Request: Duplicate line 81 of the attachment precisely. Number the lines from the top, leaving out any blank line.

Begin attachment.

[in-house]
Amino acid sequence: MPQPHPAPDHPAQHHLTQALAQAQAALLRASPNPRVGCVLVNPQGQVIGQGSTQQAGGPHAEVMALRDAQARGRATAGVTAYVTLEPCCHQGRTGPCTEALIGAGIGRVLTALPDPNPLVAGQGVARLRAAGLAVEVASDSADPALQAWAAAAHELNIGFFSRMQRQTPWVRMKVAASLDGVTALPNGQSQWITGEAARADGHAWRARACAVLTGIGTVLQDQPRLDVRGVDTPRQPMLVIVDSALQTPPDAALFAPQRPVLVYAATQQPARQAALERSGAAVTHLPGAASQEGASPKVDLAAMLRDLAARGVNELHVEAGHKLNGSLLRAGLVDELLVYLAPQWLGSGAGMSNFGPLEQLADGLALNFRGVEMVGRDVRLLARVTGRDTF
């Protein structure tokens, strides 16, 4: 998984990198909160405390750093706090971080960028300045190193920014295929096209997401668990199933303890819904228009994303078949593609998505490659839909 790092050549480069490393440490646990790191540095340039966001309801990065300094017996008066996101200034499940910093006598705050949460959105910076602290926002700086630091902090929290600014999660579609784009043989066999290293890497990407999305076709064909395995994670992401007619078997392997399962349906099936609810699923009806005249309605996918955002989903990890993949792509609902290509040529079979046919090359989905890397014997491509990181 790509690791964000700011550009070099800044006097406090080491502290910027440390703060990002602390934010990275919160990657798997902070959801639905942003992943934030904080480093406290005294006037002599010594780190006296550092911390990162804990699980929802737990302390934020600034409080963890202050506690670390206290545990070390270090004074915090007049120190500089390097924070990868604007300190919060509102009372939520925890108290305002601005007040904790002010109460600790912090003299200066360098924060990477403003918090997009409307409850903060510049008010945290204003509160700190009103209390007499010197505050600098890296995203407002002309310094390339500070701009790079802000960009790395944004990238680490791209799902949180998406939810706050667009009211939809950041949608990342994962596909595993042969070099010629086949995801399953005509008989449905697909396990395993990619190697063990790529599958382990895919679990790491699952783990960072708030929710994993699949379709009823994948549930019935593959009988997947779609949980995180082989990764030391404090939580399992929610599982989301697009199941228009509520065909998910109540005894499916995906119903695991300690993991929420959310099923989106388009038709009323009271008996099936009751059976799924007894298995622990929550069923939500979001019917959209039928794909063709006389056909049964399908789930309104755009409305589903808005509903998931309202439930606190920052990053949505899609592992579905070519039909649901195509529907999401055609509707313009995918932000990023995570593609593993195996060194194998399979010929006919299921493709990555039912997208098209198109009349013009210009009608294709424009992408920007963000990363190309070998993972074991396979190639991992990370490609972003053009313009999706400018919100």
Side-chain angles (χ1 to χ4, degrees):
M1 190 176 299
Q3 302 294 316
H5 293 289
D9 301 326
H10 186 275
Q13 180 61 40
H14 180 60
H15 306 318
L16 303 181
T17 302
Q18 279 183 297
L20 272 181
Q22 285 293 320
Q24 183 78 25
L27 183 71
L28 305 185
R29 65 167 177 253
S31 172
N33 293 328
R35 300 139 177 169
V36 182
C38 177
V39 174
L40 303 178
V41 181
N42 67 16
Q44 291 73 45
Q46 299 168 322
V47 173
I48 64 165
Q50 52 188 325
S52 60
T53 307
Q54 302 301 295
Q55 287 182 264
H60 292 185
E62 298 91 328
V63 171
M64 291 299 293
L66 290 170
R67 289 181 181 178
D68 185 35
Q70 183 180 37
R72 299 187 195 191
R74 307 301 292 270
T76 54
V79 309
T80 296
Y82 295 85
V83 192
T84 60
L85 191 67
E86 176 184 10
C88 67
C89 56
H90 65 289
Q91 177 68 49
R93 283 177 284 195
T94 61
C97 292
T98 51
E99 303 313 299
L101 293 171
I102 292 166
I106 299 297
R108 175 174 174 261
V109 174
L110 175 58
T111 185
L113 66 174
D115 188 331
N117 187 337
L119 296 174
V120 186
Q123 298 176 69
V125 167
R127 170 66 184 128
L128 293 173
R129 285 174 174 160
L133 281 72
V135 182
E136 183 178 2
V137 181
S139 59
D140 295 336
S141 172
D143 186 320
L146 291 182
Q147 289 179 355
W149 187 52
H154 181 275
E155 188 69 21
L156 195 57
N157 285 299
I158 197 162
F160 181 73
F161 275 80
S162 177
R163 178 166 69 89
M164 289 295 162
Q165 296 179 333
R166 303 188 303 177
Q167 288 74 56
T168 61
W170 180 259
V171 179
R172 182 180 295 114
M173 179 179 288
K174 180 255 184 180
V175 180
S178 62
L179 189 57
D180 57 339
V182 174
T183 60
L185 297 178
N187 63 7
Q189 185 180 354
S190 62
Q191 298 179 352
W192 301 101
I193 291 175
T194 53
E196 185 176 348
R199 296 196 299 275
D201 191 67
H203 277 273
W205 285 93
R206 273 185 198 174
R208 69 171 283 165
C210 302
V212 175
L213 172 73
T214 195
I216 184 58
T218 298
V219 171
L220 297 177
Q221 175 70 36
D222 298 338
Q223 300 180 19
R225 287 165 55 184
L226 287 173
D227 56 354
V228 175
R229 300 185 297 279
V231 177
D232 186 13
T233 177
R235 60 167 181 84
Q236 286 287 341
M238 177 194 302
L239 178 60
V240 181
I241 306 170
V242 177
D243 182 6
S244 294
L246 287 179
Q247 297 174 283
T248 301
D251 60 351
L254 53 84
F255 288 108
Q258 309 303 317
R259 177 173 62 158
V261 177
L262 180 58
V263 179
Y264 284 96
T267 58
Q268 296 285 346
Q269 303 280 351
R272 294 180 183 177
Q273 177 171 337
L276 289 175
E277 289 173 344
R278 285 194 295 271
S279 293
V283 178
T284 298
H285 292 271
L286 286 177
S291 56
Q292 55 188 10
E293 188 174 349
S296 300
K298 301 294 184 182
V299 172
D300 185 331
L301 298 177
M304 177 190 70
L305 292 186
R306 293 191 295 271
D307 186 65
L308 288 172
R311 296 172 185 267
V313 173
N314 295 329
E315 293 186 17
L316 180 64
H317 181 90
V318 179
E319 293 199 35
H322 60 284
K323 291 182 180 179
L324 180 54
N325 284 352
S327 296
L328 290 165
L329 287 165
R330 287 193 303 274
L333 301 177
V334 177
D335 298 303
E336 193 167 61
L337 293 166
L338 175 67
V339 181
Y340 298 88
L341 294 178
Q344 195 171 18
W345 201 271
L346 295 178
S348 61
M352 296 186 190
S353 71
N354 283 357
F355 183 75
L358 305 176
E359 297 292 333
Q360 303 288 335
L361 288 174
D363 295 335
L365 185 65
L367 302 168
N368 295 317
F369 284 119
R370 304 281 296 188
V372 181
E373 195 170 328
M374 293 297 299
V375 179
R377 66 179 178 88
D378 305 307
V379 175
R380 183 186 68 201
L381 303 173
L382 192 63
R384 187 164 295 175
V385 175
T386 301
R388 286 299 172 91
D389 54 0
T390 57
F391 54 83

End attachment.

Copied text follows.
R127 170 66 184 128